Aviation Accident Cause vs. Prevention
Knowing the Cause of an Accident Doesn’t Mean We Know How to Prevent ItFor the last 2 days the front page of the newspapers here in Vail Colorado have carried headlines of yet another unfortunate mountain crash. In this latest accident the pilot was alone and crashed his Cessna 182 into the Holy Cross wilderness at 13,000 feet. This early in the investigation nothing is known for sure, but as an outsider it sure looks like the typical scenario we see repeatedly here in the high Rocky Mountains of Colorado.
Likely scenario…. sketchy weather, scud running through the mountains, VFR into IMC, possibly some ice and ultimately impact with the mountain. Only 2 months ago, there was a similar outcome to very similar set of circumstances. Even the same make an model aircraft… C-182, the only real difference being 4 dead rather than one.
Like all aviation accidents, eventually the NTSB will release their findings. Those findings will probably provide a reasonably accurate cause of the accident… the NTSB will have examined the craft, pilot, weather, traffic, and any other element that could have possibly contributed. That report will probably tell us about lack of situational awareness, bad decision making, factors of weather. Overall, the NTSB does an excellent job of explaining why an accident occured, but they don’t explain how to prevent one. Within aviation there is a broad assumption that as pilots, if we read enough accident reports explaining the causes then we will automatically understand accident prevention, and this is not the case. Two pilots will interpet the accident it two very different ways and therefore will develop different prevention measures.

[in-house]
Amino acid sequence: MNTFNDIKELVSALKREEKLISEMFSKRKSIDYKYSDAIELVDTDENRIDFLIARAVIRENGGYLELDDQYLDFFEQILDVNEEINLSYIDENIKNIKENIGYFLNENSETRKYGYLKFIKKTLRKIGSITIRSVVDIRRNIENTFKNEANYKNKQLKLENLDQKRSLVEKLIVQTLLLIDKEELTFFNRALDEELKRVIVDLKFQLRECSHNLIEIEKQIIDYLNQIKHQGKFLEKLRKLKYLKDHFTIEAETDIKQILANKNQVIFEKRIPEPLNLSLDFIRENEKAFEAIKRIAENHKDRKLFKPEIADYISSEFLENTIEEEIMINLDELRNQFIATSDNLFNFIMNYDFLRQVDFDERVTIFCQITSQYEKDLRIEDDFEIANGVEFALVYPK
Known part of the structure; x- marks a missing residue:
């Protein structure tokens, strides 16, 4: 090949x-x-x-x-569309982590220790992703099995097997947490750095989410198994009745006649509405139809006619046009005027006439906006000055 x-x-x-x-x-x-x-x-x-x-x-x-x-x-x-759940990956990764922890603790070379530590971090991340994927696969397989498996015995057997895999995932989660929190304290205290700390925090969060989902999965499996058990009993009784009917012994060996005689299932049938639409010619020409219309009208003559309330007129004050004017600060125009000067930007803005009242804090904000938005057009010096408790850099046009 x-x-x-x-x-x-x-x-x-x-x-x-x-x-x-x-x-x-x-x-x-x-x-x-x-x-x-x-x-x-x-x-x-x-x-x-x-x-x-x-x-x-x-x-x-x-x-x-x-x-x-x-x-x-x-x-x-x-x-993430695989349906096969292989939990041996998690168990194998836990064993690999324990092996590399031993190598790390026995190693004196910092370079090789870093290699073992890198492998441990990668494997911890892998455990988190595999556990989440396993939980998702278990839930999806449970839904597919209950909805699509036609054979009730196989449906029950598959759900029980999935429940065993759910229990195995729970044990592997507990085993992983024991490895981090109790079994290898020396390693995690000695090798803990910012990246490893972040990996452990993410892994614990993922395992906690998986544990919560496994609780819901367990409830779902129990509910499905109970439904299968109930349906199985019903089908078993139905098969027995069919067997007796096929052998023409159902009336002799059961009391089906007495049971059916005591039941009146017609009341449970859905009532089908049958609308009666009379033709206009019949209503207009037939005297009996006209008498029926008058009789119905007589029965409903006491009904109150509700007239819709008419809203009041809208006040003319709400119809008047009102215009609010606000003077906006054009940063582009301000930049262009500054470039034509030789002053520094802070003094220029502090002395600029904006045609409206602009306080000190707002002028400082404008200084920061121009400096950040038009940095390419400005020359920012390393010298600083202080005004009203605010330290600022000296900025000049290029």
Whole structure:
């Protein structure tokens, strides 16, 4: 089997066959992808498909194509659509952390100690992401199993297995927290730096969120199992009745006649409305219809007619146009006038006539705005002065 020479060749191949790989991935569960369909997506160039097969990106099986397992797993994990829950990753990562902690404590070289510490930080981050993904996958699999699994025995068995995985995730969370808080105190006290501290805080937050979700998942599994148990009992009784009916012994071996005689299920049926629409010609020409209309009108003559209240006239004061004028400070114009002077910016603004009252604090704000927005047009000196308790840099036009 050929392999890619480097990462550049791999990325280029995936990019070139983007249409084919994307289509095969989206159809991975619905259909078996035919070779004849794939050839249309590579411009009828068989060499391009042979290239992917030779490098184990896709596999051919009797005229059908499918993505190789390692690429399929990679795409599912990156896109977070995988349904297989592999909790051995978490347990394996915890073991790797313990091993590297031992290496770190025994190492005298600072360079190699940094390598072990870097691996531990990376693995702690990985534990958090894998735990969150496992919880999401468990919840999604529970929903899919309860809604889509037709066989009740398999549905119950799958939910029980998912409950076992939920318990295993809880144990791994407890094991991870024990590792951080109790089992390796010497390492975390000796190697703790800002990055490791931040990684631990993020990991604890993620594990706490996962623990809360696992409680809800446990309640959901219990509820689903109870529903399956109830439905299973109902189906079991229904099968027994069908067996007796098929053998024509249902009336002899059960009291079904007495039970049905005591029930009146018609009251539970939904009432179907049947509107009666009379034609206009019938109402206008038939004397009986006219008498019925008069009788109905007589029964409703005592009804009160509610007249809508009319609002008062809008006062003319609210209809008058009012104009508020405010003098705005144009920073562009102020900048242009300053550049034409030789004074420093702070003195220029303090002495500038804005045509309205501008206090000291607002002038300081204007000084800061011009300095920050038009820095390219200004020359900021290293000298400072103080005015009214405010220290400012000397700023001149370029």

Prevention only comes from education (scenario based), practice(stick skills and decision making), a deeper understanding of the variables and their influence, and ultimately developing a more robust decision making process. This is where scenario based training and single pilot resource management come in.
If the world was flat, and it were always sunny, always clear, always calm, no other aircraft, the plane was always guarateed to work properly, the pilot was always rested, and always proficient and current then there would be no need for any recurrent or enhancement training ever, and decision making skills would be irrelevant.
But the world is not flat, the weather is infinitely variable, planes have issues, airports have traffic, and pilots are not always ready for their flight and they don’t always think things through…. that why we need to keep learning if we want to stay alive.
- Wiki Single-Pilot Resource Management
SRM Concepts encompass risk management, aeronautical decision making, and task management